[submenu] (Multimedia)
      [exec] (Beep Media Player) {beep-media-player}
      [exec] (Grip) {grip}
      [exec] (Audacity) {audacity}
[submenu] (Graphics)
      [exec] (Gimp) {gimp}
      [exec] (Xpdf) {xpdf}
[submenu] (fluxbox menu)
      [config] (Configure)
[submenu] (Styles) {Choose a Style...}
      [stylesdir] (/usr/X11R6/share/fluxbox/styles)
      [workspaces] (Workspace List)
[submenu] (Tools)
      [exec] (Window name) {xprop WM_CLASS|cut -d \" -f 2|xmessage -file - -center}
      [commanddialog] (Fluxbox Command)
      [reconfig] (Reload config)
      [restart] (Restart Fluxbox)
      [exec] (About) {fluxbox -v 2>/dev/null | head -n1 | xmessage -file - -center}
      [exit] (Exit Fluxbox)
      [exec] (Reboot) {shutdown -r now}
      [exec] (Shutdown) {shutdown -p now}

Note the last two entries in my menu. Restart and shutdown. First make sure however, that your user is in the group operator. su to root. Then:

pw groupshow operator

You will see the members of the group operator now. If your username isn't listed, type:

pw groupmod operator -m username

Where username is the name of your user. Now they are able to issue the shutdown command. But first, you must logoff and logon for it to take effect.


Another great feature about fluxbox is that you can set hotkeys, to do just about anything you could want (making hotkeys which call scripts would give the ability to do anything with hotkeys you could from the command line).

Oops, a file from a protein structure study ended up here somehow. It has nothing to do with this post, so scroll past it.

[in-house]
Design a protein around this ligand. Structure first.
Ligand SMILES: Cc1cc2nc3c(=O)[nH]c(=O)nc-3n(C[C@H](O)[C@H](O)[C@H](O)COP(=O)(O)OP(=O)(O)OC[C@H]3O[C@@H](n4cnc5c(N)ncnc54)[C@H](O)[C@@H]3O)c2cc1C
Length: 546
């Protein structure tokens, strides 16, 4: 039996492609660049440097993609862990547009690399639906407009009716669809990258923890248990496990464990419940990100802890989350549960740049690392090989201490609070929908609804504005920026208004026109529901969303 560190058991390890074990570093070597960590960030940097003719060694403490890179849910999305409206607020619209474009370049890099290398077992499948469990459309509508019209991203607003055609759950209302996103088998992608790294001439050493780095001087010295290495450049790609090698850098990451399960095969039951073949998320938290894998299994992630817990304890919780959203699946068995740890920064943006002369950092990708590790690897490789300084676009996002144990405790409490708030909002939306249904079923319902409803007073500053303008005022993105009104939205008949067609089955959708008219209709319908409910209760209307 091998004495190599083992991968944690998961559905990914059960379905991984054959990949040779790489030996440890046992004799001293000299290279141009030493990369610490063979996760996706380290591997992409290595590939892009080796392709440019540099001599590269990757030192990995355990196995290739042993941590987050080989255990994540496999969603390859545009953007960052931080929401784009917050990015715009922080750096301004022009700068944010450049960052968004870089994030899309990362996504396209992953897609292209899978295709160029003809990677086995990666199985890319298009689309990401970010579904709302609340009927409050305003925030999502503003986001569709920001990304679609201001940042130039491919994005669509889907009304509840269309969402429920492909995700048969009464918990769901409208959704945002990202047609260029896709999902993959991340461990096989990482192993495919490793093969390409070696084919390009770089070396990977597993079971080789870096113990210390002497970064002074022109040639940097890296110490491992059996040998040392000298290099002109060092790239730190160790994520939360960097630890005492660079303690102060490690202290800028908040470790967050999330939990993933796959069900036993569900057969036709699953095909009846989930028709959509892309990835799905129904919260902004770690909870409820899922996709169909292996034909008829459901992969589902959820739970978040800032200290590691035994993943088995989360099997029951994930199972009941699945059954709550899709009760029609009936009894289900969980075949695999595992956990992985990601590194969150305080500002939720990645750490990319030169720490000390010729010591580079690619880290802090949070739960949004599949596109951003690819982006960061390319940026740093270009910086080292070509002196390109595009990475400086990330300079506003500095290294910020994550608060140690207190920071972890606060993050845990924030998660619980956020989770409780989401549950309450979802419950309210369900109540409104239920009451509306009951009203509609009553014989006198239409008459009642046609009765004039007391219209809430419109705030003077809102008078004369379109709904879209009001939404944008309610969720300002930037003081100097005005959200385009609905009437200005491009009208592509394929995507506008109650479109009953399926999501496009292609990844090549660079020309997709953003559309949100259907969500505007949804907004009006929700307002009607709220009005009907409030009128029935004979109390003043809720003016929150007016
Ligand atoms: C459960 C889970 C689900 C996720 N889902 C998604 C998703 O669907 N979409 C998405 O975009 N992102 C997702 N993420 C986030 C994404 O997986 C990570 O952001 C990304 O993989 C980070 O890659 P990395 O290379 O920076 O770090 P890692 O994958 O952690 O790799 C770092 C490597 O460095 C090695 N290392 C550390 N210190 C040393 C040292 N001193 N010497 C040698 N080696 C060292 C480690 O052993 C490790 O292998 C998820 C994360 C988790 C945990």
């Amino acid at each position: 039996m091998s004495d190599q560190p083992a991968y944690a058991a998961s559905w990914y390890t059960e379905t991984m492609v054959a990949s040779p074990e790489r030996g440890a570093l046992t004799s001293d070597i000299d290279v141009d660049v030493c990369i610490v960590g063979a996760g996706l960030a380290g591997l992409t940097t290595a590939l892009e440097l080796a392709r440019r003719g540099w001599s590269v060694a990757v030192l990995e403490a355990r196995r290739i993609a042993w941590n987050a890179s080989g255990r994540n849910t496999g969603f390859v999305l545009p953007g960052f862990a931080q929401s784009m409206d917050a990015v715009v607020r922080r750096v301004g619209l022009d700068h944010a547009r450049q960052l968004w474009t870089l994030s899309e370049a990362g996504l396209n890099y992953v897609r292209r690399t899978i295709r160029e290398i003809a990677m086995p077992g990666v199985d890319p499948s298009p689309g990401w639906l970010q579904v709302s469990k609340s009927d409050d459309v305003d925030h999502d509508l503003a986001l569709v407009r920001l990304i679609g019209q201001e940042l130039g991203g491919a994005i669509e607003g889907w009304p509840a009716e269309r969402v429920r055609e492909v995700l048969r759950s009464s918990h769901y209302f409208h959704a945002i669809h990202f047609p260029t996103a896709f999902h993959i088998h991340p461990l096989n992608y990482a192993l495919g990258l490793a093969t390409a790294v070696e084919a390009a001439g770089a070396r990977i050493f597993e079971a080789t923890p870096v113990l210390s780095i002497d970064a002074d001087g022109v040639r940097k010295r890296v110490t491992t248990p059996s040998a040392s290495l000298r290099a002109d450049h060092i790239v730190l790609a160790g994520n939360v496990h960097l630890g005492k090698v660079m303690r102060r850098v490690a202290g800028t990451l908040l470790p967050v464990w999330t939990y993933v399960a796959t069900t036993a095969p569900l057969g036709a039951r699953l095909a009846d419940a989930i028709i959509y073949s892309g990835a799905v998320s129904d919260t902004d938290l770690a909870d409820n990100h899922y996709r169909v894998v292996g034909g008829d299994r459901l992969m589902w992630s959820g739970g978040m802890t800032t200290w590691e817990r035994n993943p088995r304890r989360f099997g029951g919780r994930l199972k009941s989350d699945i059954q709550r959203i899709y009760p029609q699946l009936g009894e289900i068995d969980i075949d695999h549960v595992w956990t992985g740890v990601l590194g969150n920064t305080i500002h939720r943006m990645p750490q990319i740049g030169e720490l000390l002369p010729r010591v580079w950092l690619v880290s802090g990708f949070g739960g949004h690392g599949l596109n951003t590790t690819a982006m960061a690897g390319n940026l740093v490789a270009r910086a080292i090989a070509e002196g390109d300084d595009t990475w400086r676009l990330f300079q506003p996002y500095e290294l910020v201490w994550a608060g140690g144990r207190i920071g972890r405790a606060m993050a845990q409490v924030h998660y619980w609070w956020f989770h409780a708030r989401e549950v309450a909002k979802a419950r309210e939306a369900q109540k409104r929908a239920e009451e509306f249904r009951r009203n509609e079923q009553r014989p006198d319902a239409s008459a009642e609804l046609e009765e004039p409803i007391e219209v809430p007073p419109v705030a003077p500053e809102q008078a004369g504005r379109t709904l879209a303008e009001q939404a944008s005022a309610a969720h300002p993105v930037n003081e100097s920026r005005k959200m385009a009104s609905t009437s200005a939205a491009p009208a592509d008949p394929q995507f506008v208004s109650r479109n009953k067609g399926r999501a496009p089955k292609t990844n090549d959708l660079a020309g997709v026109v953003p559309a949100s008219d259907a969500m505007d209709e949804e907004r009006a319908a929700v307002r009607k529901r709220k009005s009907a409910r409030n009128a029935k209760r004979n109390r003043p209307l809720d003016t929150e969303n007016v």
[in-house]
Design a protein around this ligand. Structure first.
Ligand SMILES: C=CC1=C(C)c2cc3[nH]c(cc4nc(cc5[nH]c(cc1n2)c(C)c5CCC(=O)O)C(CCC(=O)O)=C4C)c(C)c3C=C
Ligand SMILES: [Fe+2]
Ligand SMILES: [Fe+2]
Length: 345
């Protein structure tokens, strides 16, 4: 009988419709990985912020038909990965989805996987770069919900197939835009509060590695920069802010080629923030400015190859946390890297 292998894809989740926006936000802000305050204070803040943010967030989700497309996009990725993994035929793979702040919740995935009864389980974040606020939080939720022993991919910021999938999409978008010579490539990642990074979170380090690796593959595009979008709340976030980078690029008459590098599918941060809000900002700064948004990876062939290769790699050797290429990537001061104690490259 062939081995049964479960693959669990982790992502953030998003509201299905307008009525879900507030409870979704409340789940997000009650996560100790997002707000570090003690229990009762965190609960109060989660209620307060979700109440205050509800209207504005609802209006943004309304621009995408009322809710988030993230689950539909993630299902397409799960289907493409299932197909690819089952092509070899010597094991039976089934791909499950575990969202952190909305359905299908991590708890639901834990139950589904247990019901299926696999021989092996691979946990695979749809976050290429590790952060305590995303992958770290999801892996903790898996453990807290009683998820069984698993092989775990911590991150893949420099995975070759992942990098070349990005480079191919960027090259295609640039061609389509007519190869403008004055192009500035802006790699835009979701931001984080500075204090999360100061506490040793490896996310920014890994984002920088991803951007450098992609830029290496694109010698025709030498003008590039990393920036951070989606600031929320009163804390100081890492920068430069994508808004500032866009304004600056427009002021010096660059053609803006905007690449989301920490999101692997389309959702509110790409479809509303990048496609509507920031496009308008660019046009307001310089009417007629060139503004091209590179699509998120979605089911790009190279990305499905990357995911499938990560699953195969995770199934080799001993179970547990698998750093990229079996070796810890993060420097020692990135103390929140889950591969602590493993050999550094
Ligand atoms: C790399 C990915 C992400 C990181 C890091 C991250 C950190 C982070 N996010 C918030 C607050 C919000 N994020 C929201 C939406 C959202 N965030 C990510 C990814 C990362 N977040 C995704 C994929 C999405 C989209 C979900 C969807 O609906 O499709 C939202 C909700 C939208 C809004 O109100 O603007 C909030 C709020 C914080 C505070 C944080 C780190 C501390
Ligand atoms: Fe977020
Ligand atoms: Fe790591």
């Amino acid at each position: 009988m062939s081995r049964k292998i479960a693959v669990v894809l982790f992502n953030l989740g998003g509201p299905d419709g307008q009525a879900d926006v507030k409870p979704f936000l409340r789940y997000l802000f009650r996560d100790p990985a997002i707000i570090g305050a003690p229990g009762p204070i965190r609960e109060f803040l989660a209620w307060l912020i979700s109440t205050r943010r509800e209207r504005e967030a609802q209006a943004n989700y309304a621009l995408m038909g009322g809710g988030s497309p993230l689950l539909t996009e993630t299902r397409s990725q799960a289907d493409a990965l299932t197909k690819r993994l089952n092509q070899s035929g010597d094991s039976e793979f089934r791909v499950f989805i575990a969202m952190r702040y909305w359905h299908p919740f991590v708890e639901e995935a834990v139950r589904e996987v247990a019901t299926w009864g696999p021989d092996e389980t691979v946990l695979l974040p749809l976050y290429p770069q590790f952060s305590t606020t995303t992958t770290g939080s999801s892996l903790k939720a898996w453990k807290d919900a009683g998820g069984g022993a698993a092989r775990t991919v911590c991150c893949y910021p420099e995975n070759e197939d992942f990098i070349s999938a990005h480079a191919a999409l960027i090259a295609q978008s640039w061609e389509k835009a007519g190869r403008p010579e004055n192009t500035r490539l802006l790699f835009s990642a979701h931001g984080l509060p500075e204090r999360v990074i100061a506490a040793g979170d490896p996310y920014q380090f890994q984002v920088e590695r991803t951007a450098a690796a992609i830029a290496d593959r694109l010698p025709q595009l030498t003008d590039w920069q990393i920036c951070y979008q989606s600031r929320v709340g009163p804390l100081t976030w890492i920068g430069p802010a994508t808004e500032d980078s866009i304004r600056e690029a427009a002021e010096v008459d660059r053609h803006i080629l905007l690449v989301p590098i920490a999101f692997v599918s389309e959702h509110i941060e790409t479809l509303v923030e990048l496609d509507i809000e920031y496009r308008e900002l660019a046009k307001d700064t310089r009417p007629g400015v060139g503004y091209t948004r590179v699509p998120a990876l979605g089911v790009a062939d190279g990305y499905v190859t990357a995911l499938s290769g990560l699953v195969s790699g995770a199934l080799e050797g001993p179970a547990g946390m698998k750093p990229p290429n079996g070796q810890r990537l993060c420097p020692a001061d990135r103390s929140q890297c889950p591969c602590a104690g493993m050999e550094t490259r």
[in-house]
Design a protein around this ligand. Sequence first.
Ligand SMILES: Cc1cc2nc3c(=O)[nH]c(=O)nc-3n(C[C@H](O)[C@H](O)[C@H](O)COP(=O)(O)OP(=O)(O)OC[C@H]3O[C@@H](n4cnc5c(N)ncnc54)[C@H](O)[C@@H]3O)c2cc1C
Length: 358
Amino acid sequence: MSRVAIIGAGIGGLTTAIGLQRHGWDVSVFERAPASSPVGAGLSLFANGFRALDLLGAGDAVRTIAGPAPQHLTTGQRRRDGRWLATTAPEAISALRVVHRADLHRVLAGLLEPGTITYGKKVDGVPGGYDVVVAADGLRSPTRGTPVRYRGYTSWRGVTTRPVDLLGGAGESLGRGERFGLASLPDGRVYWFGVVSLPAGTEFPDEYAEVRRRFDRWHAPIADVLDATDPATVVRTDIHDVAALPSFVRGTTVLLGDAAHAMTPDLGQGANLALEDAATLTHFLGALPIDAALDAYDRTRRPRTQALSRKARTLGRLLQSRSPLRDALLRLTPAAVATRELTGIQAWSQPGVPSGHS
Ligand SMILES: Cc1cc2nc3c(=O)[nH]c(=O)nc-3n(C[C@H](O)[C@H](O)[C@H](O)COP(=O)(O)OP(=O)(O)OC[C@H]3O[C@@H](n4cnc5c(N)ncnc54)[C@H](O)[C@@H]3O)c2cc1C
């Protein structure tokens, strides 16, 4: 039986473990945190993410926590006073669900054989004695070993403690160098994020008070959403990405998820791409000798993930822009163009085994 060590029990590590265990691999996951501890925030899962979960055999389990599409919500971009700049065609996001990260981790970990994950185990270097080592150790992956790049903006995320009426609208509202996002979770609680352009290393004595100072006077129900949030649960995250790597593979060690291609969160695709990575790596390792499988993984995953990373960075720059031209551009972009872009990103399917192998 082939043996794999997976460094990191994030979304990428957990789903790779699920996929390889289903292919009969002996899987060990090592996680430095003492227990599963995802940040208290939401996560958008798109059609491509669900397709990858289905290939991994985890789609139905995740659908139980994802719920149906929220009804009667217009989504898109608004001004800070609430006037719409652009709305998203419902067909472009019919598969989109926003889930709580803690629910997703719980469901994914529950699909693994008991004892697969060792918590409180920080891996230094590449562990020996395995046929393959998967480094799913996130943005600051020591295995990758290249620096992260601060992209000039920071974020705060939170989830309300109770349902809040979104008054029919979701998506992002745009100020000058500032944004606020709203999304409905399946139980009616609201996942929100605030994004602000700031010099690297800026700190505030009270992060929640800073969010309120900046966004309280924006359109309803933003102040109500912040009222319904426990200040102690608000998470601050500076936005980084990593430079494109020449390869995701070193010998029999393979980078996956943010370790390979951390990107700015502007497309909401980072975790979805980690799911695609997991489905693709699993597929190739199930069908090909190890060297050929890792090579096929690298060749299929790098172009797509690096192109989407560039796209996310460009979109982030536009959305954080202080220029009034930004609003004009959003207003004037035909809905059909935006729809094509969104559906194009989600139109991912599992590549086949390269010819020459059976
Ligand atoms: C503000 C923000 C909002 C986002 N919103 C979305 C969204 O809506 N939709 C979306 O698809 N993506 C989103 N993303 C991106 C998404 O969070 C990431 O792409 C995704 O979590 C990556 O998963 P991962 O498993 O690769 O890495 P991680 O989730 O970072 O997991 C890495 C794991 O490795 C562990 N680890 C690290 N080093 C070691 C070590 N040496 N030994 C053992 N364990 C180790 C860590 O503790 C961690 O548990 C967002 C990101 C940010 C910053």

vi ~/.fluxbox/keys

For reference Mod1 is Alt, at least on a standard keyboard. Let's look at making some hotkeys in order to increase our productivity.

Mod1 F1 :SendToWorkspace 1
Mod1 F2 :SendToWorkspace 2
Mod1 F3 :SendToWorkspace 3
Mod1 F4 :SendToWorkspace 4

Mod1 1 :Workspace 1
Mod1 2 :Workspace 2
Mod1 3 :Workspace 3
Mod1 4 :Workspace 4

Alt+FX sends the active window to the X'th workspace, and Alt+X switches to that workspace.

Mod1 Tab :NextGroup
Mod1 Shift Tab :PrevGroup
Mod1 g :NextTab
Mod1 Shift g :PrevTab

Alt+Tab switches between groups (windows), while Alt+g switches between tabs within the same group. Using shift reverses the direction of either operation.

Mod1 c :Close
Mod1 m :Minimize
Mod1 t :ToggleDecor

Manipulating windows is also very handy with hotkeys. Alt+c will close the active window, Alt+m will minimize it, and Alt+t will toggle window decorations (show/hide the title bar).

Mod1 X :RootMenu

Alt+x will bring up the root menu, so you can launch applications from the keyboard.

Control Mod1 x :ExecCommand xterm
Control Mod1 r :Reconfigure

Ctrl+Alt+x will launch an xterm; this is a very useful key combination. Finally, Ctrl+Alt+r will reload your fluxbox configuration, so you can refresh your configuration easily from the keyboard.

The last set of hotkeys is not useful unless you use mpd as your media player of choice. If you do, I highly recommend that you use these hotkeys. Ctrl+Up will display the current song, Ctrl+Down will toggle play and pause, and finally Ctrl+Left and Ctrl+Right will move to the previous or next track respectively. By using a simple two key combination you can control your media player with only one hand, which is very convenient in my opinion.

Control Up :ExecCommand mpc | xmessage -center -timeout 2 -file -
Control Down :ExecCommand mpc toggle
Control Left :ExecCommand mpc prev
Control Right :ExecCommand mpc next

Upon Completion of this section, your workspace should look something like this: